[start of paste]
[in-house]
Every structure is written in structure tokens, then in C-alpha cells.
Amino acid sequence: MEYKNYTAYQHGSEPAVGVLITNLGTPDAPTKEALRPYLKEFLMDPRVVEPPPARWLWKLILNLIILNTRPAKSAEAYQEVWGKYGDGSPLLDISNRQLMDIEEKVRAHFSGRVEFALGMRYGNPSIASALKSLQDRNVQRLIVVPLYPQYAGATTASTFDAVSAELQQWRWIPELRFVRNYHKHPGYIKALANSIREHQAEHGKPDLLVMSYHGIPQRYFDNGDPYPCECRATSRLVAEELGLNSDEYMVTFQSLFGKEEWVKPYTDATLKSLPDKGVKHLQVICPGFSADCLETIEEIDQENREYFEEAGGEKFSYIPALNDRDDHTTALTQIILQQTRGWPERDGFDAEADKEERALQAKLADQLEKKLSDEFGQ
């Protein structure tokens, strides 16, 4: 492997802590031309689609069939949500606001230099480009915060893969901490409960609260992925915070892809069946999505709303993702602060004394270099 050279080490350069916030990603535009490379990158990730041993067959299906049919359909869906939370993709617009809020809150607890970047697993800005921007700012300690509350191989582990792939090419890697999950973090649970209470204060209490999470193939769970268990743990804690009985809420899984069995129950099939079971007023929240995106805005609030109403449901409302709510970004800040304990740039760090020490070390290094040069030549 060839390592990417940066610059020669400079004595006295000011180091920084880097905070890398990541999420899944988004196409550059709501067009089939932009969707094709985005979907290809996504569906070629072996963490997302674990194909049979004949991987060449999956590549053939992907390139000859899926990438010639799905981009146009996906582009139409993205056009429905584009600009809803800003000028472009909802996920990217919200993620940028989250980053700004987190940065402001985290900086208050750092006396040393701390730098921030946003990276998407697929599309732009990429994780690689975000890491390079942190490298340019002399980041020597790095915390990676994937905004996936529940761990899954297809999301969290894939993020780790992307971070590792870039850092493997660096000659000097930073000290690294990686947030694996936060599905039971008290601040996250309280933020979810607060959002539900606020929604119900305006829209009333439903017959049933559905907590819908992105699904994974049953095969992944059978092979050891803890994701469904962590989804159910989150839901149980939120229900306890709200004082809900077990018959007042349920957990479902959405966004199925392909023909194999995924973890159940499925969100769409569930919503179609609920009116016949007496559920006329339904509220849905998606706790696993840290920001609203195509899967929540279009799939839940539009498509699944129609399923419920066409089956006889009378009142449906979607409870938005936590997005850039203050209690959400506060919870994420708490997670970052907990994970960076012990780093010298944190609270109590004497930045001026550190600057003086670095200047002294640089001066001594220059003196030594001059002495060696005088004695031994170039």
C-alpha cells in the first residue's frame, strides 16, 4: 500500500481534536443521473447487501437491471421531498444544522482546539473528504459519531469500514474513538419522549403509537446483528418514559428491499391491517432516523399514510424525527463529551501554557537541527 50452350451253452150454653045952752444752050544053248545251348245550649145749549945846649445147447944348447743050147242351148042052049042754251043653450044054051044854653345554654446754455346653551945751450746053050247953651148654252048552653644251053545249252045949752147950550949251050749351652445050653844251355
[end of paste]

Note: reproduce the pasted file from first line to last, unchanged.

[in-house]
Every structure is written in structure tokens, then in C-alpha cells.
Amino acid sequence: MEYKNYTAYQHGSEPAVGVLITNLGTPDAPTKEALRPYLKEFLMDPRVVEPPPARWLWKLILNLIILNTRPAKSAEAYQEVWGKYGDGSPLLDISNRQLMDIEEKVRAHFSGRVEFALGMRYGNPSIASALKSLQDRNVQRLIVVPLYPQYAGATTASTFDAVSAELQQWRWIPELRFVRNYHKHPGYIKALANSIREHQAEHGKPDLLVMSYHGIPQRYFDNGDPYPCECRATSRLVAEELGLNSDEYMVTFQSLFGKEEWVKPYTDATLKSLPDKGVKHLQVICPGFSADCLETIEEIDQENREYFEEAGGEKFSYIPALNDRDDHTTALTQIILQQTRGWPERDGFDAEADKEERALQAKLADQLEKKLSDEFGQ
């Protein structure tokens, strides 16, 4: 492997802590031309689609069939949500606001230099480009915060893969901490409960609260992925915070892809069946999505709303993702602060004394270099 050279080490350069916030990603535009490379990158990730041993067959299906049919359909869906939370993709617009809020809150607890970047697993800005921007700012300690509350191989582990792939090419890697999950973090649970209470204060209490999470193939769970268990743990804690009985809420899984069995129950099939079971007023929240995106805005609030109403449901409302709510970004800040304990740039760090020490070390290094040069030549 060839390592990417940066610059020669400079004595006295000011180091920084880097905070890398990541999420899944988004196409550059709501067009089939932009969707094709985005979907290809996504569906070629072996963490997302674990194909049979004949991987060449999956590549053939992907390139000859899926990438010639799905981009146009996906582009139409993205056009429905584009600009809803800003000028472009909802996920990217919200993620940028989250980053700004987190940065402001985290900086208050750092006396040393701390730098921030946003990276998407697929599309732009990429994780690689975000890491390079942190490298340019002399980041020597790095915390990676994937905004996936529940761990899954297809999301969290894939993020780790992307971070590792870039850092493997660096000659000097930073000290690294990686947030694996936060599905039971008290601040996250309280933020979810607060959002539900606020929604119900305006829209009333439903017959049933559905907590819908992105699904994974049953095969992944059978092979050891803890994701469904962590989804159910989150839901149980939120229900306890709200004082809900077990018959007042349920957990479902959405966004199925392909023909194999995924973890159940499925969100769409569930919503179609609920009116016949007496559920006329339904509220849905998606706790696993840290920001609203195509899967929540279009799939839940539009498509699944129609399923419920066409089956006889009378009142449906979607409870938005936590997005850039203050209690959400506060919870994420708490997670970052907990994970960076012990780093010298944190609270109590004497930045001026550190600057003086670095200047002294640089001066001594220059003196030594001059002495060696005088004695031994170039």
C-alpha cells in the first residue's frame, strides 16, 4: 500500500481534536443521473447487501437491471421531498444544522482546539473528504459519531469500514474513538419522549403509537446483528418514559428491499391491517432516523399514510424525527463529551501554557537541527 50452350451253452150454653045952752444752050544053248545251348245550649145749549945846649445147447944348447743050147242351148042052049042754251043653450044054051044854653345554654446754455346653551945751450746053050247953651148654252048552653644251053545249252045949752147950550949251050749351652445050653844251355